I think you are correct that Running Times probably could make money as a product as is, but perhaps Rodale felt it was cannibalizing RW et al and therefore wasn’t profitable enough for the hassle…..maybe….

  3. I’ve written for two running publications over the years. I lived around the corner from Ed Ayres when he, Phil, and Rick were starting RT and did a couple features and some race reports. In recent years I’ve had several pieces in Marathon and Beyond. Both publications went down within weeks of each other. Maybe the lesson is not to let me write for your magazine but that might be a bit grandiose.
    Joe Henderson and I have discussed the state of the running magazine and obviously it seems that there is only market enough for one national running magazine. Certainly the internet has drawn away subscribers and readers who can get material much sooner there than in a monthly or bi-monthly magazine.
    And yet I suspect there’s something more going on. Track and Field News really should be the national athletics magazine most adversely affected by the internet. Essentially their content is results with a few features mixed in. Who waits a month or more to see what happened at Stanford in April or Chicago in October now? Probably half of T&FN’s content is stuff everyone already knows. And yet it hangs on with about the same circulation it had in the days when inventing the internet was still on the bottom half of Al Gore’s “to do” list.
    But they aren’t alone. Athletics Weekly is actually going to cpme out more often than weekly at certain times of the year, or so I read. Assuming I read correctly, then “What the…?” New England Runner and Runner’s Gazette have each been around for about as long as Running Times was and show no signs of going anywhere.
    The common thread I see running through all four of those publications is that they are aimed at fairly small and very specific audiences and seem to have no pretentions or ambitions for “bigger” things. They want the serious runner or the serious athletics fan and have largely ignored the fitness or fashion runner. Running Times, and maybe Marathon and Beyond as well, seem to have landed somewhere between Runner’s World and Prevention and Track&Field News, etc. in their sought after audiences. Maybe they managed to overreach and under reach at the same time. Joe told me once that he would have liked to have turned Runner’s World into a distance racing version of Track*Field News. Running Times sort of went that route but at times seemed to me like they just couldn’t resist trying to be a bit more like Runner’s World and maybe they failed because they never quite were either.

  4. That’s interesting Runbei. Seems a tad short-sited as even the corporate-climbing women like to see a man with a shirt off et al….in fact they are a little prejudiced about it….kinda like men are with not so hot women. If they are hot it will sell.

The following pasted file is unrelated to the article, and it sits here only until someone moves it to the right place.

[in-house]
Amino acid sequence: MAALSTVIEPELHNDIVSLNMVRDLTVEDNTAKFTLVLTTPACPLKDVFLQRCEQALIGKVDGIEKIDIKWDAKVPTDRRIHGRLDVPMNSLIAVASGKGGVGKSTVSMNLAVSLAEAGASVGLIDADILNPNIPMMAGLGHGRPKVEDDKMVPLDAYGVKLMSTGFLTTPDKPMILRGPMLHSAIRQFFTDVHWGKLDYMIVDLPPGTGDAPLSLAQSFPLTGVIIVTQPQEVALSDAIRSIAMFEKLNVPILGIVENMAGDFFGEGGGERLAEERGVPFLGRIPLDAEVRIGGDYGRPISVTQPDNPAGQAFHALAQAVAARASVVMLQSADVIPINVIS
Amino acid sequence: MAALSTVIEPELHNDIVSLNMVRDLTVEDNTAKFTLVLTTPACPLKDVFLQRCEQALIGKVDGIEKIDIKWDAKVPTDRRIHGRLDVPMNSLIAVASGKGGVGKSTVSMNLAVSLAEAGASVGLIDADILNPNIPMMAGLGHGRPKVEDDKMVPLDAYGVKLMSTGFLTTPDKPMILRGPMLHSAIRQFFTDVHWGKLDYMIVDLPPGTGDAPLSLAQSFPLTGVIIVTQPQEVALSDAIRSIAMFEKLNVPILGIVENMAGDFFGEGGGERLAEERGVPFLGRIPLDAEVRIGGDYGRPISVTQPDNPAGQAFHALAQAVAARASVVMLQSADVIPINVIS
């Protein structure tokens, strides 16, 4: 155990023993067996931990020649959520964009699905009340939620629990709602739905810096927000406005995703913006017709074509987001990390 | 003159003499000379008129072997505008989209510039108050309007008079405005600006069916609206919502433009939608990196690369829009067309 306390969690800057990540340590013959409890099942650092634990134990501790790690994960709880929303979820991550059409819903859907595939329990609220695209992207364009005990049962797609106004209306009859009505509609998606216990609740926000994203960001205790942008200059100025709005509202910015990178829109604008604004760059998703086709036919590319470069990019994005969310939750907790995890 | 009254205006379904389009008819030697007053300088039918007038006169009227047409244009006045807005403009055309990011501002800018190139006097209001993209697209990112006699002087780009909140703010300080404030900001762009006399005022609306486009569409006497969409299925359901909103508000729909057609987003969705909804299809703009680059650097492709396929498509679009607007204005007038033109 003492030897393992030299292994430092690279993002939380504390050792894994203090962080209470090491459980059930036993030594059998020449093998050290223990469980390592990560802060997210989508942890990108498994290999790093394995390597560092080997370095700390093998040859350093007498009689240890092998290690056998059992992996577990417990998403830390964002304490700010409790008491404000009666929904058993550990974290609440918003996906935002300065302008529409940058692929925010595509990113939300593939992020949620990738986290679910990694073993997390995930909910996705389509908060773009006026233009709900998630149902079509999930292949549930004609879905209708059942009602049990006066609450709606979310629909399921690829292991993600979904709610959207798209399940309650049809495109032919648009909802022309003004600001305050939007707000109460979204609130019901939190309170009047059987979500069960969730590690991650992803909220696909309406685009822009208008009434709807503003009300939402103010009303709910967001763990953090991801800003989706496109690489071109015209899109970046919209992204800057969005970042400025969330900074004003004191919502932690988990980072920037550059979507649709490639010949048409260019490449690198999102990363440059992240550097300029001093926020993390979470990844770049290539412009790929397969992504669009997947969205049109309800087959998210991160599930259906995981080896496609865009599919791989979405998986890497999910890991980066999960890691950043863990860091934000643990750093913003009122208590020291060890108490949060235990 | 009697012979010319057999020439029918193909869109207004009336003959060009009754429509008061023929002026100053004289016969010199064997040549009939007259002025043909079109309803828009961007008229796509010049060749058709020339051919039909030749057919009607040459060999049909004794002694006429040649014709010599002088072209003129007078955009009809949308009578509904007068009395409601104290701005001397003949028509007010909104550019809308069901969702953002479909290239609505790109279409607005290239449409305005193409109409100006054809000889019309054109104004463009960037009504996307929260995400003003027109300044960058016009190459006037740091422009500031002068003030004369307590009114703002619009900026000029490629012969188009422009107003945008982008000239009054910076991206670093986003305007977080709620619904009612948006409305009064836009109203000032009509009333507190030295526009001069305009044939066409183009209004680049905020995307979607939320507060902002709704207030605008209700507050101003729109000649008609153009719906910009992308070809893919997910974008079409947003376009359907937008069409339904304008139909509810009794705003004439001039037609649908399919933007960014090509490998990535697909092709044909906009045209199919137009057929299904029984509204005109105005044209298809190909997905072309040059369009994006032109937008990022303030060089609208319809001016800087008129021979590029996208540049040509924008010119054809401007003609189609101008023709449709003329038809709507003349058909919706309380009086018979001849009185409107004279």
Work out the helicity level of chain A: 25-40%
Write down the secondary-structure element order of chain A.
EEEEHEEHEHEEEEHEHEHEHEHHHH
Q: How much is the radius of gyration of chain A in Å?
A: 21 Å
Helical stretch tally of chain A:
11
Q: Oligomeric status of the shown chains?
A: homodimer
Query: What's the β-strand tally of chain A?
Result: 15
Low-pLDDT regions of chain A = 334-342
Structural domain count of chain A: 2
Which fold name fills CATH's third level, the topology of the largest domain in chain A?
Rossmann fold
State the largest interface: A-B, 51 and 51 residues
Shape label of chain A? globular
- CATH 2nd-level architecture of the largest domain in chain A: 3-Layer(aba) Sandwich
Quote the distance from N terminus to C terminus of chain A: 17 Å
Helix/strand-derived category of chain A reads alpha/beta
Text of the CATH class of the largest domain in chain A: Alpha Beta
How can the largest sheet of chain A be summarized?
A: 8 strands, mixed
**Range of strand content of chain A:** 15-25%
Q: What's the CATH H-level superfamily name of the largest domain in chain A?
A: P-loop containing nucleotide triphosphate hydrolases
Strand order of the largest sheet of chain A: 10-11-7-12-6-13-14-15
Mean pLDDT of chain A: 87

I for one am going to miss Running Times.

    Runner’s World? Getting the message?

  5. I worked at Runner’s World as an assistant editor and staff photographer from 1972-76. I saw it evolve from a wonderful runner-operated magazine that completely represented the populist running movement, to a Madison Avenue-oriented advertising medium that a noted Chicago-area running crank once called “Fast Marathon Women.” In other words, it catered to the high-income reader who would read articles written by PhDs that doled out formulas for reducing their marathon times. (The cult of the marathon as high-stakes advertising medium.) And it ALWAYS had a picture of a woman on the cover – because images women supposedly appeal to the male reader, and women are a high-stakes target demographic for the sportswear and shoe industries.

    Meanwhile, Running Times took over the role of speaking to all runners. It was wonderful — interesting, practical, and operated by great guys who spoke for the true spirit of running, and who didn’t all have PhDs and speak in dry, phlegmatic, authoritative tones.

    I’m exaggerating – a bit – because Runner’s World did have a wonderful positive asset in its editor, Amby Burfoot, who won Boston in 1968. Amby, as anyone knows who’s familiar with his character and personality, is a true Mensch, as is his wife, Cristina Arragon (sp?).

    I conclude that if RW can loosen its bug-eyed focus on preserving its voice as the big-shot authority of the running world, and let the former RT editors take it back to its populist roots, the change might be a good one. But, somehow I doubt it will happen – the attraction of being Runner’$ World will be too great. Only Amby and Roger Robinson will be worth reading now, as always.